Magmatic activity in Brazil linked to one of the largest mass extinctions in the history of Earth
The end-Triassic extinction (ETE) is one of the largest mass extinctions in the history of Earth. It has been hypothesized that greenhouse gases released from volcanic activity of the Central Atlantic Magmatic Province (CAMP) triggered the extinction. Researchers from CEED/UiO, have demonstrated that large-scale gas generation followed sill emplacement of CAMP in sedimentary basins in northern Brazil.
Thea H. Heimdal. Photo: CEED
The research team demonstrated that large-scale gas generation followed sill emplacement events associated with CAMP in the sedimentary basins of northern Brazil. They modelled that gas generation from contact metamorphism of carbonates and organic-rich rocks could have included as much as 88,000 Gt CO2, and performed radiometric dating that confirmed that the sills were emplaced synchronously with the extinction.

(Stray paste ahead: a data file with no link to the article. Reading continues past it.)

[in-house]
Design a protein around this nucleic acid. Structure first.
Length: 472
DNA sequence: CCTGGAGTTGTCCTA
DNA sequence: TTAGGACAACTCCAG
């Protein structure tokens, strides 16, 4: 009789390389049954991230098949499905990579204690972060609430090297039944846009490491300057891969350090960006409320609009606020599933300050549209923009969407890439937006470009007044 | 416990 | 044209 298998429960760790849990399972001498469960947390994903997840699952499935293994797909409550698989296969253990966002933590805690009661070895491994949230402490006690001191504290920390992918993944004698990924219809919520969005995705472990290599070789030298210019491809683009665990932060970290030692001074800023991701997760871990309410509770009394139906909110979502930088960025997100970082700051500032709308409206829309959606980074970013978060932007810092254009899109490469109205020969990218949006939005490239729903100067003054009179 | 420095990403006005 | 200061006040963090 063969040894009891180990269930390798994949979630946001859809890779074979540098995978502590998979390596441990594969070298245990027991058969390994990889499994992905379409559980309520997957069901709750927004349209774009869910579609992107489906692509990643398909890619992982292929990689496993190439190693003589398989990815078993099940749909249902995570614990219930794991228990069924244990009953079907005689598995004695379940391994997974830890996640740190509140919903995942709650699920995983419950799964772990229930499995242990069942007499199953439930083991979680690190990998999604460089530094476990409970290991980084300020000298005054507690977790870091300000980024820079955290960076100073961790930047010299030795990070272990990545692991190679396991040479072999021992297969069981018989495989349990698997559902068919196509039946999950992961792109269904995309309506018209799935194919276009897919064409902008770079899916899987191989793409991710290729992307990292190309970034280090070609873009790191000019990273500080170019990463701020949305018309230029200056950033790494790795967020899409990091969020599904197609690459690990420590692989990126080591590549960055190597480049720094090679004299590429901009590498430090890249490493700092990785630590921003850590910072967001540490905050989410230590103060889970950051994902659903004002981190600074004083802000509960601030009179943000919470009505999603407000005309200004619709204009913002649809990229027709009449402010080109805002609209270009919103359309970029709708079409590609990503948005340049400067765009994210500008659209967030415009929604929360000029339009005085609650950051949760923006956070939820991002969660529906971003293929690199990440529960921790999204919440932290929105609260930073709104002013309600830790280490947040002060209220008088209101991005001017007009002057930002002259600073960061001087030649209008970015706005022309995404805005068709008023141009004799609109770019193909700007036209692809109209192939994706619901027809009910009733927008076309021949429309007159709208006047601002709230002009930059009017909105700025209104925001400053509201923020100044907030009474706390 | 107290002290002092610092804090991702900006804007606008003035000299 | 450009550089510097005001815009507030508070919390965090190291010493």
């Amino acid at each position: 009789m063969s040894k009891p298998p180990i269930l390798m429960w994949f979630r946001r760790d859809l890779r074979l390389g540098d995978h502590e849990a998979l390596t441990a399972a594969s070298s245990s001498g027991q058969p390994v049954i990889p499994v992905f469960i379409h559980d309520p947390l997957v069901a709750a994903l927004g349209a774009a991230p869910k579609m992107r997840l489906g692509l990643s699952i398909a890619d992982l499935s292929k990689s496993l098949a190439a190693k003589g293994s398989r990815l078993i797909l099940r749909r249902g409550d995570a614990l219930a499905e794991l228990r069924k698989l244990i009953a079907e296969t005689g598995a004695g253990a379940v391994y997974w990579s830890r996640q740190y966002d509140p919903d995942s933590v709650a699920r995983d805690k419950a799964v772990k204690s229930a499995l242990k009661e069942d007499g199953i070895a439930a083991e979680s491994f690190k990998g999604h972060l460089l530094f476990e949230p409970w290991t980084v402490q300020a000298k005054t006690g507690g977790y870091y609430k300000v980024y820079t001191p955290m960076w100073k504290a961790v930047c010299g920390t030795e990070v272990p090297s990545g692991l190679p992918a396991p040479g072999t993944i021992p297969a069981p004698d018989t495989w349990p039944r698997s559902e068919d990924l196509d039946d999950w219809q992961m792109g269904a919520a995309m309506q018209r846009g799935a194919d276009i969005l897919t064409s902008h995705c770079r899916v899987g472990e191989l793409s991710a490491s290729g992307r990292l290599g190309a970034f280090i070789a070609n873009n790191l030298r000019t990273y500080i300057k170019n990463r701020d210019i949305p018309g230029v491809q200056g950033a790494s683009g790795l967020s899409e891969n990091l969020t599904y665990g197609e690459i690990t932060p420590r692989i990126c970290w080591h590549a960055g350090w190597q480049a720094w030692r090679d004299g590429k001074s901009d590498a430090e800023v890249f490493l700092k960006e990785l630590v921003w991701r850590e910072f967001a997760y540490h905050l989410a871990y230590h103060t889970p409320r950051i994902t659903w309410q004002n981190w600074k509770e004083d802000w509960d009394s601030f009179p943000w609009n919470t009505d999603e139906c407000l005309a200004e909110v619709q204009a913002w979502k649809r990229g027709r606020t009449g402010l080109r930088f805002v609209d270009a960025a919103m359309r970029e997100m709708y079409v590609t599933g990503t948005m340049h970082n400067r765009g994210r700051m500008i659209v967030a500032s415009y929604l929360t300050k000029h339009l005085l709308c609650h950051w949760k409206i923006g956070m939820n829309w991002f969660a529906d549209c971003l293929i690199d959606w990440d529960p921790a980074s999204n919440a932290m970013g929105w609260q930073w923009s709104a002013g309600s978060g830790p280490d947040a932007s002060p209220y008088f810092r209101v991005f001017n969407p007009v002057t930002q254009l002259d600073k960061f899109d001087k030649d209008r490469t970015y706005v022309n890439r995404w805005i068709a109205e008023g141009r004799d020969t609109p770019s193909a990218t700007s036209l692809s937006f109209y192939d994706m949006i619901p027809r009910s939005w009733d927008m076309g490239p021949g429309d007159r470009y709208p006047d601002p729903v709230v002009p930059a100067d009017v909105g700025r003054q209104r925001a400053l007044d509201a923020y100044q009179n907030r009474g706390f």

The study was recently published in the Nature journal Scientific Reports:
Thea H. Heimdal, Henrik. H. Svensen, Jahandar Ramezani, Karthik Iyer, Egberto Pereira, René Rodrigues, Morgan T. Jones & Sara Callegaro (2018). Large-scale sill emplacement in Brazil as a trigger for the end-Triassic crisis. Scientific Reports